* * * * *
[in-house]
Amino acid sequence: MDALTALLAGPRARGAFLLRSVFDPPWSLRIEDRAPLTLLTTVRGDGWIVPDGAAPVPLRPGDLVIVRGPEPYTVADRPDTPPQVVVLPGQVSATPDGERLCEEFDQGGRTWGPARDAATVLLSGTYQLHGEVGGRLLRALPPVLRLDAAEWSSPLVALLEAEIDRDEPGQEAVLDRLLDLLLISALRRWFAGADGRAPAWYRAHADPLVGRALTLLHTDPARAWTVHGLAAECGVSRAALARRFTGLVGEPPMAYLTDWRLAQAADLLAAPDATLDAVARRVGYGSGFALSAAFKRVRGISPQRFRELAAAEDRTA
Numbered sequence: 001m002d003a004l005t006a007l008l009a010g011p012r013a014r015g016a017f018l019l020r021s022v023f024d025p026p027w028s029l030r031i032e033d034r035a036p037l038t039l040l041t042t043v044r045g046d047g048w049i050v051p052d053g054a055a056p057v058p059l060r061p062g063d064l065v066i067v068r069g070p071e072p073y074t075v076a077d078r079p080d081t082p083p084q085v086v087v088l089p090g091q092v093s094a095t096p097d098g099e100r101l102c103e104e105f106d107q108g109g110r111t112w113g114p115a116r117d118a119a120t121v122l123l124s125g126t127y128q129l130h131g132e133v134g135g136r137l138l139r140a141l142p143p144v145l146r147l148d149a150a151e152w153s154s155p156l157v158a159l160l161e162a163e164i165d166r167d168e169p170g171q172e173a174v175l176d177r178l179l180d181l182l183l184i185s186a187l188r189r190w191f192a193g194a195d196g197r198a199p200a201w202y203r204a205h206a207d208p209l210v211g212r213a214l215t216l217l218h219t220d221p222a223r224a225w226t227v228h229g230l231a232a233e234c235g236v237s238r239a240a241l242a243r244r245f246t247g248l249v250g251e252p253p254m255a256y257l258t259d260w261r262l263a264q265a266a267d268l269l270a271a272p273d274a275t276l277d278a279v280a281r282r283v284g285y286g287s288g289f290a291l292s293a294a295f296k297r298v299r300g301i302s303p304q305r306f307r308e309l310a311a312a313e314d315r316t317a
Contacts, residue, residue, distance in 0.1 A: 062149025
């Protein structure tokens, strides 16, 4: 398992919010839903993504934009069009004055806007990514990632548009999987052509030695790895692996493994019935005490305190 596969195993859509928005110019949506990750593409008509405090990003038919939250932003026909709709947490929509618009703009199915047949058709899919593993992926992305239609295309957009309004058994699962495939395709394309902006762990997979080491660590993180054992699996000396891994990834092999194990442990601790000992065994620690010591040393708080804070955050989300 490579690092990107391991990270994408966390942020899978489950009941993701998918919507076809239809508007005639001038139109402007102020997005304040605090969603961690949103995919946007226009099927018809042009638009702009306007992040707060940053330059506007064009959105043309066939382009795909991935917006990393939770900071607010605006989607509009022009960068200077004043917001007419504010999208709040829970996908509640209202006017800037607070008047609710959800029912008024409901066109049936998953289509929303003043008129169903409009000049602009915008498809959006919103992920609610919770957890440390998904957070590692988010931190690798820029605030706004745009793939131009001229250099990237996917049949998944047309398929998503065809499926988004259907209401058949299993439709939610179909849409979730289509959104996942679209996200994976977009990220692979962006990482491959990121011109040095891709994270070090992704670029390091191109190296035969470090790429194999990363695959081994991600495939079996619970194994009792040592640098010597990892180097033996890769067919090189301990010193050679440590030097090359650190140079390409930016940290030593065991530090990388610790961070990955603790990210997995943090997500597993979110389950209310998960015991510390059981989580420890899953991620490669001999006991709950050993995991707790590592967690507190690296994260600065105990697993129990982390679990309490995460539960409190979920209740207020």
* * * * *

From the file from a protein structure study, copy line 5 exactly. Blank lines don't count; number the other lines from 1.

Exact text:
């Protein structure tokens, strides 16, 4: 398992919010839903993504934009069009004055806007990514990632548009999987052509030695790895692996493994019935005490305190 596969195993859509928005110019949506990750593409008509405090990003038919939250932003026909709709947490929509618009703009199915047949058709899919593993992926992305239609295309957009309004058994699962495939395709394309902006762990997979080491660590993180054992699996000396891994990834092999194990442990601790000992065994620690010591040393708080804070955050989300 490579690092990107391991990270994408966390942020899978489950009941993701998918919507076809239809508007005639001038139109402007102020997005304040605090969603961690949103995919946007226009099927018809042009638009702009306007992040707060940053330059506007064009959105043309066939382009795909991935917006990393939770900071607010605006989607509009022009960068200077004043917001007419504010999208709040829970996908509640209202006017800037607070008047609710959800029912008024409901066109049936998953289509929303003043008129169903409009000049602009915008498809959006919103992920609610919770957890440390998904957070590692988010931190690798820029605030706004745009793939131009001229250099990237996917049949998944047309398929998503065809499926988004259907209401058949299993439709939610179909849409979730289509959104996942679209996200994976977009990220692979962006990482491959990121011109040095891709994270070090992704670029390091191109190296035969470090790429194999990363695959081994991600495939079996619970194994009792040592640098010597990892180097033996890769067919090189301990010193050679440590030097090359650190140079390409930016940290030593065991530090990388610790961070990955603790990210997995943090997500597993979110389950209310998960015991510390059981989580420890899953991620490669001999006991709950050993995991707790590592967690507190690296994260600065105990697993129990982390679990309490995460539960409190979920209740207020």